The digital music industry is expected to hit high notes in the coming years, both in Europe and the U.S.
Digital music sales are expected to hit high notes in the coming years, but CDs will still be the medium of choice, according to JupiterResearch (a unit of this site's corporate parent).
The European digital music market is expected to quadruple from the €10.6 million (US$13.17 million) earned at the end of 2003 to €46.3 million (US$57.5 million) by year-end 2004. The surge will continue through 2009 when digital music revenues reach €836 million (US$1.03 billion), representing 8 percent of the total music market.
The UK will lead the digital music charge, accounting for 30 percent of the 2009 European total at €248 million (US$308.27 million).
Digital music sales in the U.S. will outpace that in Europe, but CDs will continue to rule in the States too. JupiterResearch expects digital music sales to reach US$270 million by the end of 2004, and grow to US$1.7 billion by 2009 - 12 percent of the total consumer music spending.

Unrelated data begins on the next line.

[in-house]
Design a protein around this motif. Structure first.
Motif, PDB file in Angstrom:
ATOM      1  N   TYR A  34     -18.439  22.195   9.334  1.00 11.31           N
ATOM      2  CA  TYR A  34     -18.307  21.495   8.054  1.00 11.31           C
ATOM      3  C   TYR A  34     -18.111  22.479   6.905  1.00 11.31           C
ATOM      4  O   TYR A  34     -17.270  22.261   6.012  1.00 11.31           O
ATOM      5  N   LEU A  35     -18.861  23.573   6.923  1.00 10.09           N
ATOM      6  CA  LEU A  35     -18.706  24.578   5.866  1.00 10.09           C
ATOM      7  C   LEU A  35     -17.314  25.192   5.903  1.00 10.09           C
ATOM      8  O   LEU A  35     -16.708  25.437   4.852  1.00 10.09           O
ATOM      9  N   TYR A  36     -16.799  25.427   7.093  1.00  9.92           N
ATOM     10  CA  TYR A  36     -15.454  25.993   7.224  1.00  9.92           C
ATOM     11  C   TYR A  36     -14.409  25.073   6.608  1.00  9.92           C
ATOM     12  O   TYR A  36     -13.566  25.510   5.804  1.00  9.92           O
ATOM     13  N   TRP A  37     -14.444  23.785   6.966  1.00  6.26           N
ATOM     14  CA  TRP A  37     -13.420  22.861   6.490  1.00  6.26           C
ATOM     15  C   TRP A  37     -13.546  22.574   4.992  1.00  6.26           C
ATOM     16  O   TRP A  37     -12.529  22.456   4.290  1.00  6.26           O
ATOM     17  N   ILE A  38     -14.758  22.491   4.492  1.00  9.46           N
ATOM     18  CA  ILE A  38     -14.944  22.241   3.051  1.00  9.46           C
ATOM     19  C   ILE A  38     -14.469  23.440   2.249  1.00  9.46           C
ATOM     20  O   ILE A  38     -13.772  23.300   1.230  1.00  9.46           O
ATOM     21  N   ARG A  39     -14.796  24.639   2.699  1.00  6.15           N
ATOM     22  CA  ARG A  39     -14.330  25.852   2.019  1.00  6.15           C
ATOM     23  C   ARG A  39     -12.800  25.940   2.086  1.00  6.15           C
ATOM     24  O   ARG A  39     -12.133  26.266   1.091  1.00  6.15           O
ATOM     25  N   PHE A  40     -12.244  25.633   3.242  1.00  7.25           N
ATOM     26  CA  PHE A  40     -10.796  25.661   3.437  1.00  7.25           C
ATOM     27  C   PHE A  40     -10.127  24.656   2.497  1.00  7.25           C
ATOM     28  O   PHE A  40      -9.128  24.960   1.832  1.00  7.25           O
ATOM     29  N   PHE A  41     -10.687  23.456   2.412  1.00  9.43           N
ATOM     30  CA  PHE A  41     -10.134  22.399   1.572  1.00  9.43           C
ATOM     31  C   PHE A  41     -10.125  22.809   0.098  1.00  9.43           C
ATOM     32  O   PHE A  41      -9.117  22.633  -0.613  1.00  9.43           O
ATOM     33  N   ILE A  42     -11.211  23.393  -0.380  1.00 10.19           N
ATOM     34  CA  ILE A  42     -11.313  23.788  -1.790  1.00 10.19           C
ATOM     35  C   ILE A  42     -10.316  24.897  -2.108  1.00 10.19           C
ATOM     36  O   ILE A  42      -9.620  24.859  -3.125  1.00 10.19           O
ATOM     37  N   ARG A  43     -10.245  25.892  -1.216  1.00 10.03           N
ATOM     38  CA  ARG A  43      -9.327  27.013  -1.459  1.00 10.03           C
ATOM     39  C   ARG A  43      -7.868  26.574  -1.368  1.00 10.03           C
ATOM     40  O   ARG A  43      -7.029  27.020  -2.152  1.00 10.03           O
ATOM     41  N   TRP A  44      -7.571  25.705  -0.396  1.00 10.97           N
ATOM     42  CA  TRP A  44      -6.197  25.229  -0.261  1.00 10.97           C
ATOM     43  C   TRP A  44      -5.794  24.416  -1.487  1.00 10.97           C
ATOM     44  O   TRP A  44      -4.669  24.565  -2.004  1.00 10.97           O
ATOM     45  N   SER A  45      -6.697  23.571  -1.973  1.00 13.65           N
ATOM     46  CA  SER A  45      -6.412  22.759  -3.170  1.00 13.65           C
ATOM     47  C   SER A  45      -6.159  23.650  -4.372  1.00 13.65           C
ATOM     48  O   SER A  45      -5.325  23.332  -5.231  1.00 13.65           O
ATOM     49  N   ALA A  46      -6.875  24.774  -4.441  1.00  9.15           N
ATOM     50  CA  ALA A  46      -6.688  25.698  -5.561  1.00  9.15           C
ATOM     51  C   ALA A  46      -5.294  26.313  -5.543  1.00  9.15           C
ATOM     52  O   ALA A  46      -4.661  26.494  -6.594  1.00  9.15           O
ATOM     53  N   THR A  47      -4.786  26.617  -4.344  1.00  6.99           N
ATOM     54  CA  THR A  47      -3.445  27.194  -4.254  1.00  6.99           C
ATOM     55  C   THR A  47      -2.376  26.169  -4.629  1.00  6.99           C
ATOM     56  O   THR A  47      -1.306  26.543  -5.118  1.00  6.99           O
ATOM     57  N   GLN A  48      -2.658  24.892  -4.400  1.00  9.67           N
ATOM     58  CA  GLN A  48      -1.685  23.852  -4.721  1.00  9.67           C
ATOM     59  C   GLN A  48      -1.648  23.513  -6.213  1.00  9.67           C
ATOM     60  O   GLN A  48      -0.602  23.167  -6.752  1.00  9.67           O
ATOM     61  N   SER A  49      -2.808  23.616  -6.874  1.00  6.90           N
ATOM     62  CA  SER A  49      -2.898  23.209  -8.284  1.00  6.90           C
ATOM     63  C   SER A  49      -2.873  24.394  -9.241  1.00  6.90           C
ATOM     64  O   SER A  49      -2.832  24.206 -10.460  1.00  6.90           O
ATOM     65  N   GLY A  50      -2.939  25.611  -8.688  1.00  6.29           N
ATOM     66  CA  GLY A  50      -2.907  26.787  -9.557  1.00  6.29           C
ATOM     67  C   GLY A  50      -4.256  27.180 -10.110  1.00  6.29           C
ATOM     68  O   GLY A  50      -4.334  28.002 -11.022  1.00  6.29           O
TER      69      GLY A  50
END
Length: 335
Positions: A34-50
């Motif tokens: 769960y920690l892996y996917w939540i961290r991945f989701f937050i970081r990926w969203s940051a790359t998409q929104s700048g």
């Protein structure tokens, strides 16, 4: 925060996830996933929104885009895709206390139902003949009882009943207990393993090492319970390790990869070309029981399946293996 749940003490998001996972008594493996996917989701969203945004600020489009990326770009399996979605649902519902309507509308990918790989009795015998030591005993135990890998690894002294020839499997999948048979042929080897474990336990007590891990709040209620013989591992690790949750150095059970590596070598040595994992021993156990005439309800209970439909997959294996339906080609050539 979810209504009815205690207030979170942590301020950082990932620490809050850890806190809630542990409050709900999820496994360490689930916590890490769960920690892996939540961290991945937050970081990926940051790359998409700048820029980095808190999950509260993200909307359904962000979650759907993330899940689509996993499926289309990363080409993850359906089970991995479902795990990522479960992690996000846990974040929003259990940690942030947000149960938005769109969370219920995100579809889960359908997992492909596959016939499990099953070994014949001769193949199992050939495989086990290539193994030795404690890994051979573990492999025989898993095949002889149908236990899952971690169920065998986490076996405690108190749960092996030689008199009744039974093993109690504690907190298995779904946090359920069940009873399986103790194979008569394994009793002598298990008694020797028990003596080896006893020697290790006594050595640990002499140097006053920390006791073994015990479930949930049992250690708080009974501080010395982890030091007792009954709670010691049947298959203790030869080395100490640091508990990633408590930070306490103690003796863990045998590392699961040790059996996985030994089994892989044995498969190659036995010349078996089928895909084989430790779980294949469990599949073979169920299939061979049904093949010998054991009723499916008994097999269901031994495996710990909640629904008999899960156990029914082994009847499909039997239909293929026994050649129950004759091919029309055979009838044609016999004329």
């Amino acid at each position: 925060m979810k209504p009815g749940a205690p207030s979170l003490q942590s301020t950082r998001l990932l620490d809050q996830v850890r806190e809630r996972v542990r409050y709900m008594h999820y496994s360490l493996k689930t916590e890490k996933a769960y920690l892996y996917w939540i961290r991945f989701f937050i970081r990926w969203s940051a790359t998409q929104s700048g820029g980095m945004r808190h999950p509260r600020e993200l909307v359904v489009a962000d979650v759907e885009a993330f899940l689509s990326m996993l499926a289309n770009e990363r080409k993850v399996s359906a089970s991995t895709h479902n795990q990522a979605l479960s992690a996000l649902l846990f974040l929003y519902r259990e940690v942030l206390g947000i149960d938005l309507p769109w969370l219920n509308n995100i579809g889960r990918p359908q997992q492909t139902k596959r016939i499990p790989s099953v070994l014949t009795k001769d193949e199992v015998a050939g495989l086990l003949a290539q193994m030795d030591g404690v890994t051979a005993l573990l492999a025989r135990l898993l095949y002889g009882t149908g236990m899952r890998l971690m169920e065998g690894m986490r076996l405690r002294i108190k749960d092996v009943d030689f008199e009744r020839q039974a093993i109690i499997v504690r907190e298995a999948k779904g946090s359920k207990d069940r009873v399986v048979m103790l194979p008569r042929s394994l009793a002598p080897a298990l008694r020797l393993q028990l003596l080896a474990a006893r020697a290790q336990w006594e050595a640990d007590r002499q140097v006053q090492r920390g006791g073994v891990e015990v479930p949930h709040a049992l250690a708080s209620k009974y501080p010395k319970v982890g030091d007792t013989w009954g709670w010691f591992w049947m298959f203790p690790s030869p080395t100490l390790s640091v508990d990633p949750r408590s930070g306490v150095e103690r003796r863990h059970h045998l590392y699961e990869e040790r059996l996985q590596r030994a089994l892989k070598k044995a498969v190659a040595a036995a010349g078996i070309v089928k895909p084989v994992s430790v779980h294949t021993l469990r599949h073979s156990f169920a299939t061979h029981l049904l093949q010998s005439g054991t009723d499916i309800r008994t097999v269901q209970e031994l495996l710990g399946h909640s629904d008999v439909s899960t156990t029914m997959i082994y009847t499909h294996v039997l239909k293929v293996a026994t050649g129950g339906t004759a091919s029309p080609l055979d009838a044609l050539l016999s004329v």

Evidence that the paid downloading surge is well underway comes from research from Ipsos-Insight. As of the first quarter of 2004, the firm found that 37 percent of American downloaders had paid for online music, compared to 22 percent in 2003, and just 8 percent who said they paid a fee the year prior.
Ipsos found that 62 percent of those who paid to download music burn the songs to CDs, while just 26 percent transferred the files to a portable MP3 player. Jupiter predicts that U.S. shipments of MP3 players will grow over 50 percent in 2004 - to more than 5 million - and will continue to grow almost 50 percent per year for the next several years.
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